Faith Evans & The Notorious B.I.G., The King & I | Album Review
Faith Evans releases a new studio album, ‘The King & I,’ collaborating with her late hubby, The Notorious B.I.G. The effort exceeds expectations.
Uh oh – it’s one of those! One of what? One of those new albums by a living artist (Faith Evans) collaborating with a dead artist (The Notorious B.I.G.). Often, the first question asked is why? My first impression prior to listening to The King & I was this is going to be bad. Honestly, this is an album that I personally considered skipping. However, taking the leap of faith, it made the listening rotation and ultimately, the results are much better than expected. Even if the idea of using classic rhymes by a late rapper with a currently living R&B artist sounds weird, The King & I works more often than it doesn’t.
On “Legacy,” Evans reflects back on “what could’ve been.” This is a cliché topic obviously, but it fits the scenario given the history between Faith and Biggie, as well as his premature death. “Legacy” samples “Would You Die for Me.” “Can’t Get Enough” is arguably stronger, finding Biggie spitting mad game. Evans plays off his sexually-driven come-ons (“Big Booty Hoes” is sampled), supported by her own lushly, harmonized background vocals. Expectedly, this feels like a return back to the glory days of 90s hip-hop through and through.
“Don’t Test Me” is superb. Set in a minor key and anchored by dusty, soulful drums, this represents one of the most elite moments from The King & I. As always, Evans delivers simply stunning vocals, playing off of Biggie’s classic rhymes (“Get Money Remix”). “Tryna Get By” is another intriguing moment, oozing with classic hip-hop soul vibes. “Sky’s the Limit” fuels the fire here.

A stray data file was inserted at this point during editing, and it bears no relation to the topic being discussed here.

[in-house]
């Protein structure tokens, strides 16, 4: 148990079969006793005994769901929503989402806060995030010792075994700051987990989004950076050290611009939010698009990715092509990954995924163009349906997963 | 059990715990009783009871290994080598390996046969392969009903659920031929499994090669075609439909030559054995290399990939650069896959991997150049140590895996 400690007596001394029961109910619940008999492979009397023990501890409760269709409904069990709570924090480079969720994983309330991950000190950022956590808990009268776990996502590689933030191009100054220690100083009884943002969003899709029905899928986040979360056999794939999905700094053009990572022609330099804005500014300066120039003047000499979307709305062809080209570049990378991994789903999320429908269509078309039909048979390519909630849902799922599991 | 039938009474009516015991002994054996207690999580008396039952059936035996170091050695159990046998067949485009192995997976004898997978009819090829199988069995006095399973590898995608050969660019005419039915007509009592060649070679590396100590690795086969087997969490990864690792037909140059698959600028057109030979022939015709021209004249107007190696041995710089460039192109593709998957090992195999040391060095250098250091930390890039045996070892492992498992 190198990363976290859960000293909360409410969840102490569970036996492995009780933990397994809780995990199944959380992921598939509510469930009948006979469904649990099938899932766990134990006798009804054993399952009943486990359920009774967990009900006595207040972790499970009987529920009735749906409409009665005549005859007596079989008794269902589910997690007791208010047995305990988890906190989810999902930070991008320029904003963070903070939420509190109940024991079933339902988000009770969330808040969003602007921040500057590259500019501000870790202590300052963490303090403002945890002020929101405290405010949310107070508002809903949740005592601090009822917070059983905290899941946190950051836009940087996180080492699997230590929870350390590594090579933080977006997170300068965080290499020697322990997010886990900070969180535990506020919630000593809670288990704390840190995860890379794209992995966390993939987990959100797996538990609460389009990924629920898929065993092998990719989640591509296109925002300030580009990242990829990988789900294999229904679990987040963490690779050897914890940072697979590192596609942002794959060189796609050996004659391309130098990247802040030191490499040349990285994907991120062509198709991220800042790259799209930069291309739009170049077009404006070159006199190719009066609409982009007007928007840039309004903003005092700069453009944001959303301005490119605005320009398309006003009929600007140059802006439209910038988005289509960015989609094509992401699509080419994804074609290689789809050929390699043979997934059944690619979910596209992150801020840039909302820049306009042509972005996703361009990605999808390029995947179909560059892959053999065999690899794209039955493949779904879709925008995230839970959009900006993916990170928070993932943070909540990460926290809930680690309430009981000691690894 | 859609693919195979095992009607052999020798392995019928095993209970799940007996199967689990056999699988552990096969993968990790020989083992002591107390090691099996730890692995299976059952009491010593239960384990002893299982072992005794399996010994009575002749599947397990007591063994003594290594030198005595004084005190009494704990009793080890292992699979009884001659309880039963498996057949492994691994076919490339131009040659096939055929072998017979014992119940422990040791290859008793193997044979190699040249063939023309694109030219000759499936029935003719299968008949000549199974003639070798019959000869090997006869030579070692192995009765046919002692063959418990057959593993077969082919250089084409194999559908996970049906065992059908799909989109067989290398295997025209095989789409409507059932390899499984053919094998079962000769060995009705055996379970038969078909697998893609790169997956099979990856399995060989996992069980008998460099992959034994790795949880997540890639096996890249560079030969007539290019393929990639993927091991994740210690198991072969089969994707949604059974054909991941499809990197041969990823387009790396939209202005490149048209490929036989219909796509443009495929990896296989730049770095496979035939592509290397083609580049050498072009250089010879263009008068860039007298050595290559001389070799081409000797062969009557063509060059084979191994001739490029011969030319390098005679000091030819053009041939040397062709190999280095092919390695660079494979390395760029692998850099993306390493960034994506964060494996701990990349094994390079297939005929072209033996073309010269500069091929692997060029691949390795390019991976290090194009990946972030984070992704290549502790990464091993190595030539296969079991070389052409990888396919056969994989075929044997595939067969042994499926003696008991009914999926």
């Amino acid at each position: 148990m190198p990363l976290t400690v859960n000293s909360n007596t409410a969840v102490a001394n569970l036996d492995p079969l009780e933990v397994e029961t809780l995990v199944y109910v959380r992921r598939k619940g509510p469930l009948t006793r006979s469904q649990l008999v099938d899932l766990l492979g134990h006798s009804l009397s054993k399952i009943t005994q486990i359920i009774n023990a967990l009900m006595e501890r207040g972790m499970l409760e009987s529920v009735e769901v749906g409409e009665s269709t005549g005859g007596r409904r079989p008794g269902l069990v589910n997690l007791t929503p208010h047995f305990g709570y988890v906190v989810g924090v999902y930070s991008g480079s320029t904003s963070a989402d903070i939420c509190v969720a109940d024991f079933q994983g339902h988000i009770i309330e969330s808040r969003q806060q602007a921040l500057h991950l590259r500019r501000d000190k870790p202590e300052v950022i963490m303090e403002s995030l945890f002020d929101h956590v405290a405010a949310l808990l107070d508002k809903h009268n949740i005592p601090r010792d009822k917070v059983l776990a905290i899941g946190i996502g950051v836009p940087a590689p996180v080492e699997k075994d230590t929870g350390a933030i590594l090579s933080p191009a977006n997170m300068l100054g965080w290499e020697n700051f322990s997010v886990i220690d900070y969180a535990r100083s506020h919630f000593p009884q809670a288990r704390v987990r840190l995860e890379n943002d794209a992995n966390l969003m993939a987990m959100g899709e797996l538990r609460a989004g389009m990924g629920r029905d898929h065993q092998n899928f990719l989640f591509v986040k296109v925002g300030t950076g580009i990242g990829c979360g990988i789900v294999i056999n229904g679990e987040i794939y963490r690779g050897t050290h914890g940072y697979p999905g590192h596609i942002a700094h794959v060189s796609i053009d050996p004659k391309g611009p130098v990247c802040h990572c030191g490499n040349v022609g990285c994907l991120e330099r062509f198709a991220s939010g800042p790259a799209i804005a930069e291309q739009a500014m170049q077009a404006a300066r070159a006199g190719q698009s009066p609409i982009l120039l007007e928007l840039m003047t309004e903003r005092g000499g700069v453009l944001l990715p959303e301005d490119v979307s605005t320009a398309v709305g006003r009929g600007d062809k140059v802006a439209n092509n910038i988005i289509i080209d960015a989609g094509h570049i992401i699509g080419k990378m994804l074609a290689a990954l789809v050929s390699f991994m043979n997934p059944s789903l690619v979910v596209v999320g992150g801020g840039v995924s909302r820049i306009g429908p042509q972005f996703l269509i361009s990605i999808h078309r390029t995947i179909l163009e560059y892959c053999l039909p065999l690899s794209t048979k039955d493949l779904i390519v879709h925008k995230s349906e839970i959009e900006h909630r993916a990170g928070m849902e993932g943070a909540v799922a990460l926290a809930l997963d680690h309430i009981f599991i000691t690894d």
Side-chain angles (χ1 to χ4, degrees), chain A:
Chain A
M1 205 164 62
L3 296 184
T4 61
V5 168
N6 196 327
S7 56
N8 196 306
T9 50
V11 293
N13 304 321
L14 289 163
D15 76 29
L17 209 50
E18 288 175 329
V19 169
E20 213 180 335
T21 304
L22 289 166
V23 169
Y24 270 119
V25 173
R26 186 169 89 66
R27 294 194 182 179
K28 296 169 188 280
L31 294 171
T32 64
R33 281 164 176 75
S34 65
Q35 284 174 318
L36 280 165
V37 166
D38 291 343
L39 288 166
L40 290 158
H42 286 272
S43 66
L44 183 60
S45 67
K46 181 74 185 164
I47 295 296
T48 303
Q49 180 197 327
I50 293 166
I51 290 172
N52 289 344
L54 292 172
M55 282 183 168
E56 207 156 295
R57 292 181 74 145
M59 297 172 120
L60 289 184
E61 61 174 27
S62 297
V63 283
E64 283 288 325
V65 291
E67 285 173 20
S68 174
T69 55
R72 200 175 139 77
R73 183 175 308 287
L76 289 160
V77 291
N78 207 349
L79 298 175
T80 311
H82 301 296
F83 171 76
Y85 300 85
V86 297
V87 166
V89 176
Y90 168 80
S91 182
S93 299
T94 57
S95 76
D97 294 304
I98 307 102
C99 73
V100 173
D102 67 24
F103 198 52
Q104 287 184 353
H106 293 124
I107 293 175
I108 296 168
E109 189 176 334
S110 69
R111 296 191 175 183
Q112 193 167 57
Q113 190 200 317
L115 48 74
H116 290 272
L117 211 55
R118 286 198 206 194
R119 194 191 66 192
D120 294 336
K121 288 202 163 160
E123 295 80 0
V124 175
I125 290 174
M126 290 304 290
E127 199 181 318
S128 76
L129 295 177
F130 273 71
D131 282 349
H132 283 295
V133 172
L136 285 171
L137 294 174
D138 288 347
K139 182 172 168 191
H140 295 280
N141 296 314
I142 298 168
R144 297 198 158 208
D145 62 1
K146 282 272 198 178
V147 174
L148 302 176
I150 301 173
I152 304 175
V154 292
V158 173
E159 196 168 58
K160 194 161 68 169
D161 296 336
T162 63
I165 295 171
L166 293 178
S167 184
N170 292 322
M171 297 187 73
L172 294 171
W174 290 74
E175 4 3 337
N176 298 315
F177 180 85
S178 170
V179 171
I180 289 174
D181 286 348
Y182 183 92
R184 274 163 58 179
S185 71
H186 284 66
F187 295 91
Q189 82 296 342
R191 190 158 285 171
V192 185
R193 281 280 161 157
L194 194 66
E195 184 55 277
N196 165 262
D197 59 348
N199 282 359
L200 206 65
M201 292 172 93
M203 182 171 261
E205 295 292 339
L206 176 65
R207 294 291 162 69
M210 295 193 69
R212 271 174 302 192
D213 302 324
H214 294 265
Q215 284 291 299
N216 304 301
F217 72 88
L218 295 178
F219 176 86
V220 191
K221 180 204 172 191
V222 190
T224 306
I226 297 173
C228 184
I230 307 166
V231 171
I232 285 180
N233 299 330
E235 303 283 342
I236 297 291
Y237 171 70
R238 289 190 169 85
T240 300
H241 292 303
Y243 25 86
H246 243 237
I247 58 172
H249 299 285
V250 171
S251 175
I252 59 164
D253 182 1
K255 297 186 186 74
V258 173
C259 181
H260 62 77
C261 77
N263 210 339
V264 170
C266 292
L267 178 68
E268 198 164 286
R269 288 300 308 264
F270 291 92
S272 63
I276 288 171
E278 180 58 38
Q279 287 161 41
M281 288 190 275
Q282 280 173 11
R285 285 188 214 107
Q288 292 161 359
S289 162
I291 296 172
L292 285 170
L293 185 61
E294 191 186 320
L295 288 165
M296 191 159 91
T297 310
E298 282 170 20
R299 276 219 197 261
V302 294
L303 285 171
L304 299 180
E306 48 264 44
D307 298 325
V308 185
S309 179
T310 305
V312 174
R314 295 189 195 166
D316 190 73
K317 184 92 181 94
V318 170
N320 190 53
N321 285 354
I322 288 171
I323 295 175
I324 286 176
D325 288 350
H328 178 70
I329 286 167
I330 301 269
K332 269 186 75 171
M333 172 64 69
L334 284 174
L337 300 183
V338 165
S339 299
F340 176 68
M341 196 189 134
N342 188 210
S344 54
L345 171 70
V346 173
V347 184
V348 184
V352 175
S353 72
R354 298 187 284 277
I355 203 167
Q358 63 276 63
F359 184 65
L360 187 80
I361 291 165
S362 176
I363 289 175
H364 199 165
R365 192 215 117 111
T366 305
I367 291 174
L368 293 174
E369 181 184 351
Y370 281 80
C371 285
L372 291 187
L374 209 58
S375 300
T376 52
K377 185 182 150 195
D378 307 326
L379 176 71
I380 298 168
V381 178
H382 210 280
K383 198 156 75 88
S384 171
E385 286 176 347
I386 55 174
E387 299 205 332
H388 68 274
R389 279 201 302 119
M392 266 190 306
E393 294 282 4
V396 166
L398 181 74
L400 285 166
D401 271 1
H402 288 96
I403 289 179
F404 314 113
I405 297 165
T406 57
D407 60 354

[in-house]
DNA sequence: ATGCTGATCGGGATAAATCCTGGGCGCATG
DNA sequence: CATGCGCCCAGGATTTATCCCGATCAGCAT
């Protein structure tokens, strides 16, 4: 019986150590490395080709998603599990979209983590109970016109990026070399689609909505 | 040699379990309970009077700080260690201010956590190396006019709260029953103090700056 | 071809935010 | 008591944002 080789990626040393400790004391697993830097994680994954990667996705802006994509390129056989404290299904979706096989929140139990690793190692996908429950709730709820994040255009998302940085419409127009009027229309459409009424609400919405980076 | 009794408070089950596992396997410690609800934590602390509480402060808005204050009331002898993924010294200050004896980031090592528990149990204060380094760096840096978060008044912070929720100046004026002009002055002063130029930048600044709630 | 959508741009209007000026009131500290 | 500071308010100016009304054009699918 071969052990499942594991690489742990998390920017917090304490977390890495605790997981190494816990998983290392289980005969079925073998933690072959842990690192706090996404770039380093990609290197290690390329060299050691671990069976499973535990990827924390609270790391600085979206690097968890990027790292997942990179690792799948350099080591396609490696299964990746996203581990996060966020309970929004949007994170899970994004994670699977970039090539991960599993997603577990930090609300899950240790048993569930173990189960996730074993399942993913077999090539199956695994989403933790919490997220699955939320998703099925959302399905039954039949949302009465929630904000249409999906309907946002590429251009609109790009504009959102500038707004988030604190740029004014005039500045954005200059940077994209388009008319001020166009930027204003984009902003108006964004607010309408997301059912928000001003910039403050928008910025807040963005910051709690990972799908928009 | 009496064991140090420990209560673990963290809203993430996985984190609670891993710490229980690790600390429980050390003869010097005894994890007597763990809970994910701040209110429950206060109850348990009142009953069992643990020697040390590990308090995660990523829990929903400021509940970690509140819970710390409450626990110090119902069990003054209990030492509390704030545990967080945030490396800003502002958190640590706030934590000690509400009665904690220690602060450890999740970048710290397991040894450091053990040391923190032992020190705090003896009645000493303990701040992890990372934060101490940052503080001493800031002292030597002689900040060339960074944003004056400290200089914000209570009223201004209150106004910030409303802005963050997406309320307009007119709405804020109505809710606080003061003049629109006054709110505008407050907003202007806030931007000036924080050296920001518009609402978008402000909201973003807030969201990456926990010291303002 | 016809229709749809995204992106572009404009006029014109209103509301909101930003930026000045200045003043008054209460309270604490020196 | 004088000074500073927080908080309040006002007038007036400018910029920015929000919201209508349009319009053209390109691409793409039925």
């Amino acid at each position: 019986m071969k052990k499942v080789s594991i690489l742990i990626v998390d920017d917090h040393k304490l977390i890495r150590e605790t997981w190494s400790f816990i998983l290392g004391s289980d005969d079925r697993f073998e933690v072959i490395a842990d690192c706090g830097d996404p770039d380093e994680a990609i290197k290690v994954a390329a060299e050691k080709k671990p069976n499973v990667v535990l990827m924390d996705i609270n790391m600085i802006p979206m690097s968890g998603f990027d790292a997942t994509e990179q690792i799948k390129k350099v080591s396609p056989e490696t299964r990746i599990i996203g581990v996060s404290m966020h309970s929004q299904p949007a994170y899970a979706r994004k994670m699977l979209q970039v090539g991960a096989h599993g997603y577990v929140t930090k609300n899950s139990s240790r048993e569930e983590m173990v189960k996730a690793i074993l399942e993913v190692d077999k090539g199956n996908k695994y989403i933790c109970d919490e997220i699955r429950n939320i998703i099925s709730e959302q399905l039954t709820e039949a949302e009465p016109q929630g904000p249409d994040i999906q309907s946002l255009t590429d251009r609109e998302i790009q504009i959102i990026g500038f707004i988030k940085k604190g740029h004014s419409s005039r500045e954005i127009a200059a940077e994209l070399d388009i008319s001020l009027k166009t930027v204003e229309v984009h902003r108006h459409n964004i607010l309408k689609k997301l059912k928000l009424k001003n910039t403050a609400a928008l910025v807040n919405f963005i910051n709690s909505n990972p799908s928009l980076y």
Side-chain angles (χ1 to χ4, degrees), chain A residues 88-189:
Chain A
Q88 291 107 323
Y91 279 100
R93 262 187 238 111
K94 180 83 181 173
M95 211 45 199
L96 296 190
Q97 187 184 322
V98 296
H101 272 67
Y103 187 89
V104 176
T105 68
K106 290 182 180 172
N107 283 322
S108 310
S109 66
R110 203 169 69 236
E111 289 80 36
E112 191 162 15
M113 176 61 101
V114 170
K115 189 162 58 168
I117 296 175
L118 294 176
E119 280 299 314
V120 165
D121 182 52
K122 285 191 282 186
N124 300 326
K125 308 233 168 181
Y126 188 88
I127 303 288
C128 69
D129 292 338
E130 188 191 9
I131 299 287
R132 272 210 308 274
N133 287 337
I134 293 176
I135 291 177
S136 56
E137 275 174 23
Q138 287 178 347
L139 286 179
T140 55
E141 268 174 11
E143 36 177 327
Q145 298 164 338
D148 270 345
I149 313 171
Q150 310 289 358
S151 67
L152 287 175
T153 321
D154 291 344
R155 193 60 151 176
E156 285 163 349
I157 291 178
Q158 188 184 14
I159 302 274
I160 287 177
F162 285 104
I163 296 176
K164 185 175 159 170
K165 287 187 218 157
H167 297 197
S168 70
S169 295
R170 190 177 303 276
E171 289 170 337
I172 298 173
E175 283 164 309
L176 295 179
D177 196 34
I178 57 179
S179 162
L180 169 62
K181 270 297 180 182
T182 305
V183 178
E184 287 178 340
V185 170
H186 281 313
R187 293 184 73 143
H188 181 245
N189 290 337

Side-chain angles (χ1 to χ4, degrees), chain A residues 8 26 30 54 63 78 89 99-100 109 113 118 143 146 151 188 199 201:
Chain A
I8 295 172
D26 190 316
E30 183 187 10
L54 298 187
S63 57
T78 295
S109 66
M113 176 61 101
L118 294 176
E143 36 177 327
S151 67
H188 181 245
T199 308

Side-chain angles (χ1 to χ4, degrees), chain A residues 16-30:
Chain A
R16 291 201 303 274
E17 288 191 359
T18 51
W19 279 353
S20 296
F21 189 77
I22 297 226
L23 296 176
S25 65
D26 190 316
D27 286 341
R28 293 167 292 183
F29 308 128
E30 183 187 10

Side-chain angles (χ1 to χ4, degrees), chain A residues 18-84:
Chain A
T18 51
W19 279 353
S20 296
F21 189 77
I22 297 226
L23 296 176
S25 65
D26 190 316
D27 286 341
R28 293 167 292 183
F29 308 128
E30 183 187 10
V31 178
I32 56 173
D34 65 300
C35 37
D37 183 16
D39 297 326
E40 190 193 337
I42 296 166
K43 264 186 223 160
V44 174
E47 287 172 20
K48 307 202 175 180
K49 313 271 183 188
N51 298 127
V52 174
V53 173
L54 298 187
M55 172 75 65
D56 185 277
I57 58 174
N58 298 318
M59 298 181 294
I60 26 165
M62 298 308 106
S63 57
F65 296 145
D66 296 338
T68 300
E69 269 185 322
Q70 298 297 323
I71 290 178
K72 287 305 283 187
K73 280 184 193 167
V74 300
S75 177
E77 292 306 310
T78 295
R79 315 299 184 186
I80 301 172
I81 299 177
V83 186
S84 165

“Ten Wife Commandments”
The title of “Ten Wife Commandments” would be enough to separate it from the pack. Indeed, the song itself lives up to the hype of its title. Of course, it samples the seminal “Ten Crack Commandments.” Ultimately, this is a banger, accentuated by the drum programming and the marvelous pipes of Ms. Evans.
“Fool for You” gives Evans one of her strongest vocal performances in years – her vocal command is awe-inspiring. Clearly, her dedication is undeniable, as she’s able to flex hard on this 6/8 slow jam. Adding to the grandness of “Fool for You” is the gospel cues. No, this is by no means a spiritual track, but she truly paints the love as transcendent.
“When We Party”
“When We Party” brings Snoop Dogg along for the ride. The best way to characterize this joint is feel-good, funky rap. This is smooth as butter, with Snoop solidifying the West Coast sensibilities. While Faith Evans is at the forefront of most of The King & I, she plays a background role here. Even so, she still kills it.
“Somebody Knows” is significant because it questions who murdered Biggie. Given the nostalgic nature of The King & I, the presence of this hip-hop soul joint is fitting. Busta Rhymes pays ode to the legendary rapper, spitting:
“I don’t even know where to start and it’s very hard to address it / A conversation still that most n*ggas don’t want to mess with / Continue his blessings I send to you and Mama Wallace / To this day I carry a picture of BIG in my wallet.”
“NYC” featuring Jadakiss is among the best songs appearing at the end of The King & I. What makes “NYC” so great? First and foremost, it’s East coast rap – production and sensibility – at its best. The way that The Notorious B.I.G. is incorporated is awesome. Jadakiss is a perfect fit with his tough-minded, gruff-voiced rhymes. As for Faith, she keeps on blessing our ears without a hitch.
Ultimately, The King & I plays out much better than expected. At 25 tracks in all, the set runs long – an album approaching 80 minutes in length is a rarity in the 10s. That said, there’s plenty for fans of Faith Evans and The Notorious B.I.G. to sink their teeth into. This isn’t a classic Faith Evans album, nor is it a classic Biggie Smalls album, but it’s respectable and nostalgic by all means.
Gems: “Can’t Get Enough,” “Don’t Test Me,” “Ten Wife Commandments,” “Fool For You” & “NYC”